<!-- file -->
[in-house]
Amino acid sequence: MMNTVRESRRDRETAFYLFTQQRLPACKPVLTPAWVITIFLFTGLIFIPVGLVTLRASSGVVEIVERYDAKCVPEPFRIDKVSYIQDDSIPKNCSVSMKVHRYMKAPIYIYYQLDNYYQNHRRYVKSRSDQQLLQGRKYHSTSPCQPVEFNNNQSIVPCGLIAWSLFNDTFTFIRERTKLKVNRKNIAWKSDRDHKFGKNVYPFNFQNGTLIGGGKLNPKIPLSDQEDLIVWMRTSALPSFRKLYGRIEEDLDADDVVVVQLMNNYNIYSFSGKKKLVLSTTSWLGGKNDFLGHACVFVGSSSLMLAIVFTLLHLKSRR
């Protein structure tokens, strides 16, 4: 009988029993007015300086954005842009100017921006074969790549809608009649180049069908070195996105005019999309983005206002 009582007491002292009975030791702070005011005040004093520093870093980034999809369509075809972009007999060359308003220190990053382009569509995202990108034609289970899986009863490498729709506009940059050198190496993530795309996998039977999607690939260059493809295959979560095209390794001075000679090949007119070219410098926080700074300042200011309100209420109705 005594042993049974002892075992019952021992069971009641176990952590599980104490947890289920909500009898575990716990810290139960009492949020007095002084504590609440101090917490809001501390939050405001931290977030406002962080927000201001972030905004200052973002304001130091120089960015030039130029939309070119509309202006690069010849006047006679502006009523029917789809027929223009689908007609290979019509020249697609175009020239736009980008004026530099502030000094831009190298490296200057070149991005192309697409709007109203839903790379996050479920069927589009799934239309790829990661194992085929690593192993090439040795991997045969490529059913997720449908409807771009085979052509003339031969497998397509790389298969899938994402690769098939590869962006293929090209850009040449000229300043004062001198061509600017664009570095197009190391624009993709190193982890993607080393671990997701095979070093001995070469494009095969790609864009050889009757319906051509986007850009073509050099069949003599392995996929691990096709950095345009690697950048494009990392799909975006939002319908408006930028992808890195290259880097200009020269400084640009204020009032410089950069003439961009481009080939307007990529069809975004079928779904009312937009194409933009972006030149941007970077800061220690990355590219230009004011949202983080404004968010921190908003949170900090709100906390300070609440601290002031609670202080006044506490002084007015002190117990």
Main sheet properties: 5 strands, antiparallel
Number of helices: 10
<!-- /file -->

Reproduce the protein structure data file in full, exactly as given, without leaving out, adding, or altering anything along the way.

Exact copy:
[in-house]
Amino acid sequence: MMNTVRESRRDRETAFYLFTQQRLPACKPVLTPAWVITIFLFTGLIFIPVGLVTLRASSGVVEIVERYDAKCVPEPFRIDKVSYIQDDSIPKNCSVSMKVHRYMKAPIYIYYQLDNYYQNHRRYVKSRSDQQLLQGRKYHSTSPCQPVEFNNNQSIVPCGLIAWSLFNDTFTFIRERTKLKVNRKNIAWKSDRDHKFGKNVYPFNFQNGTLIGGGKLNPKIPLSDQEDLIVWMRTSALPSFRKLYGRIEEDLDADDVVVVQLMNNYNIYSFSGKKKLVLSTTSWLGGKNDFLGHACVFVGSSSLMLAIVFTLLHLKSRR
């Protein structure tokens, strides 16, 4: 009988029993007015300086954005842009100017921006074969790549809608009649180049069908070195996105005019999309983005206002 009582007491002292009975030791702070005011005040004093520093870093980034999809369509075809972009007999060359308003220190990053382009569509995202990108034609289970899986009863490498729709506009940059050198190496993530795309996998039977999607690939260059493809295959979560095209390794001075000679090949007119070219410098926080700074300042200011309100209420109705 005594042993049974002892075992019952021992069971009641176990952590599980104490947890289920909500009898575990716990810290139960009492949020007095002084504590609440101090917490809001501390939050405001931290977030406002962080927000201001972030905004200052973002304001130091120089960015030039130029939309070119509309202006690069010849006047006679502006009523029917789809027929223009689908007609290979019509020249697609175009020239736009980008004026530099502030000094831009190298490296200057070149991005192309697409709007109203839903790379996050479920069927589009799934239309790829990661194992085929690593192993090439040795991997045969490529059913997720449908409807771009085979052509003339031969497998397509790389298969899938994402690769098939590869962006293929090209850009040449000229300043004062001198061509600017664009570095197009190391624009993709190193982890993607080393671990997701095979070093001995070469494009095969790609864009050889009757319906051509986007850009073509050099069949003599392995996929691990096709950095345009690697950048494009990392799909975006939002319908408006930028992808890195290259880097200009020269400084640009204020009032410089950069003439961009481009080939307007990529069809975004079928779904009312937009194409933009972006030149941007970077800061220690990355590219230009004011949202983080404004968010921190908003949170900090709100906390300070609440601290002031609670202080006044506490002084007015002190117990």
Main sheet properties: 5 strands, antiparallel
Number of helices: 10